The new rule changes come at a time when Canadian real estate markets are already cooling off. Growth in housing prices showed a very moderate 1.1% year-over-year gain in May, according to the latest numbers from the Canadian Real Estate Association, as Canadian markets and consumer expectations have adjusted in response to the constant barrage of bad news about the worst U.S. housing market slump since the Great Depression and sobering forecasts about the state of a Canadian economy that is coming to grips with escalating energy and commodity prices.
The tightening of amortization periods and loan-to-value ratios will likely have a further dampening effect on Canadian housing markets, which already have sharply increased levels of resale and new home listings. However, this dampening effect may not be felt until after October 15th when the new rules come into effect. In the short term, the move to tighten mortgage lending standards could have the opposite effect – providing an impetus for Canadians to take the plunge into highly leveraged, no-money-down mortgages before the October 15th deadline.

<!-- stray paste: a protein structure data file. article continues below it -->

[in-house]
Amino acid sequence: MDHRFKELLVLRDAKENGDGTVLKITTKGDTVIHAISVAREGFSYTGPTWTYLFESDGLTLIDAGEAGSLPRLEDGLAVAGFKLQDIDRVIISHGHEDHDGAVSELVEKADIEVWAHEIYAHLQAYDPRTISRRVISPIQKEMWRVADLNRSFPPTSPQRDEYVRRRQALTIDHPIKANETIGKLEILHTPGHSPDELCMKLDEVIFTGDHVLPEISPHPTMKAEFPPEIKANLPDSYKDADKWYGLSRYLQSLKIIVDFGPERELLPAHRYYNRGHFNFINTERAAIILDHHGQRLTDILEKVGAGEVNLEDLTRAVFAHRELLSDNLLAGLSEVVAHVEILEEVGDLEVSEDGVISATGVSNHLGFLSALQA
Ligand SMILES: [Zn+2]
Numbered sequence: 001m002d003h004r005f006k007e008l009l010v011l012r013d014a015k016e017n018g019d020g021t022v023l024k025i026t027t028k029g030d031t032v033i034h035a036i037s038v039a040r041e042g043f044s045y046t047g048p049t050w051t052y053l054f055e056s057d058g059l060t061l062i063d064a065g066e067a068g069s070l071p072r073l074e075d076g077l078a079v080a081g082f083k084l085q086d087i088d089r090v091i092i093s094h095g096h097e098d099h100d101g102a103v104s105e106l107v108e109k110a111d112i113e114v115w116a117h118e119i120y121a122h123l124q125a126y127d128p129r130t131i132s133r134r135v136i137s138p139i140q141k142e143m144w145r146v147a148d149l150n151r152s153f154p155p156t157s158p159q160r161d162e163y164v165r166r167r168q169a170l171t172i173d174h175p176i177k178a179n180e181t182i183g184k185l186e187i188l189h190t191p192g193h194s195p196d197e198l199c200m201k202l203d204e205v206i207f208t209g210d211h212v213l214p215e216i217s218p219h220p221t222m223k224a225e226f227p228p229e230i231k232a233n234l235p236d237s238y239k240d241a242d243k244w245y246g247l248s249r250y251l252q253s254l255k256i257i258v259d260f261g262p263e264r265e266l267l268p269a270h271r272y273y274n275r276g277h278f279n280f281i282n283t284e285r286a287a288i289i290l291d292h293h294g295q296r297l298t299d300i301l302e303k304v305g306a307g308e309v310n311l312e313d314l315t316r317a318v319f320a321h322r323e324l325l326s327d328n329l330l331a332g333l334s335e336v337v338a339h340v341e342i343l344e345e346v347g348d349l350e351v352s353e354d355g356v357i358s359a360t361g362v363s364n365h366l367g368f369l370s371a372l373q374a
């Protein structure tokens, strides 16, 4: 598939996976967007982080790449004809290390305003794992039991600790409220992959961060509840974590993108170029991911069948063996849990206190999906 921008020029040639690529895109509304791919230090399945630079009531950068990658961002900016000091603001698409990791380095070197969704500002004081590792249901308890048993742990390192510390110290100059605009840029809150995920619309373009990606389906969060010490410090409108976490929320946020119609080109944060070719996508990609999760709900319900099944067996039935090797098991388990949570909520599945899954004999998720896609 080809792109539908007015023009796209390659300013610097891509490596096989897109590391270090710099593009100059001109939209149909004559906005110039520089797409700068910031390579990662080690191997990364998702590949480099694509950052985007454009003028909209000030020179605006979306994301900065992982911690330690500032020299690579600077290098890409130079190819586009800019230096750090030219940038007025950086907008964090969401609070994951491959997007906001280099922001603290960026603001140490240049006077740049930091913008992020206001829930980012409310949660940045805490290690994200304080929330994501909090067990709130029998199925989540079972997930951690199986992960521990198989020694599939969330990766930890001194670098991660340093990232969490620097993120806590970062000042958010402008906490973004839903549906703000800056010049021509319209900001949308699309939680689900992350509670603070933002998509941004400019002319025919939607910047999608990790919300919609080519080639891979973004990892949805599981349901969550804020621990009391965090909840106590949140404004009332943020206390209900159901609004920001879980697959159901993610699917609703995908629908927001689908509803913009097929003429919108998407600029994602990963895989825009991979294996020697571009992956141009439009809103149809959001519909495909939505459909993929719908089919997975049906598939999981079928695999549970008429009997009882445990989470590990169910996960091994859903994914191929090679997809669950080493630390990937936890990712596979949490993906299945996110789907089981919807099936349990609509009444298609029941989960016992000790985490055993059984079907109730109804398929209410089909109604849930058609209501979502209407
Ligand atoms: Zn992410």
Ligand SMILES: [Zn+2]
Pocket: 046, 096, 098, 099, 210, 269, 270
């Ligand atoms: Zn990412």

(An October 15th implementation date was chosen to give home purchasers with mortgage pre-approvals the opportunity to exercise their options before the pre-approvals expire at the end of their usual 90-day term. Note, also, that the mortgages of existing home owners with high-ratio mortgages, amortization periods in excess of 35 years and substandard credit scores will be grandfathered under the new rules so that they will not be precluded from obtaining mortgage insurance when it comes time to refinance their homes.)
Industry feelings have been mixed about this latest move to ensure the solidity of Canada’s mortgages and housing markets. Most industry analysts applaud the move to ensure that Canadian home purchasers do not get sucked into the same speculative frenzy that fueled the meltdown of U.S housing prices when the sub-prime mortgage market unraveled. Other analysts seem to be expressing the view that this is a case of too-little-too-late or mere window dressing.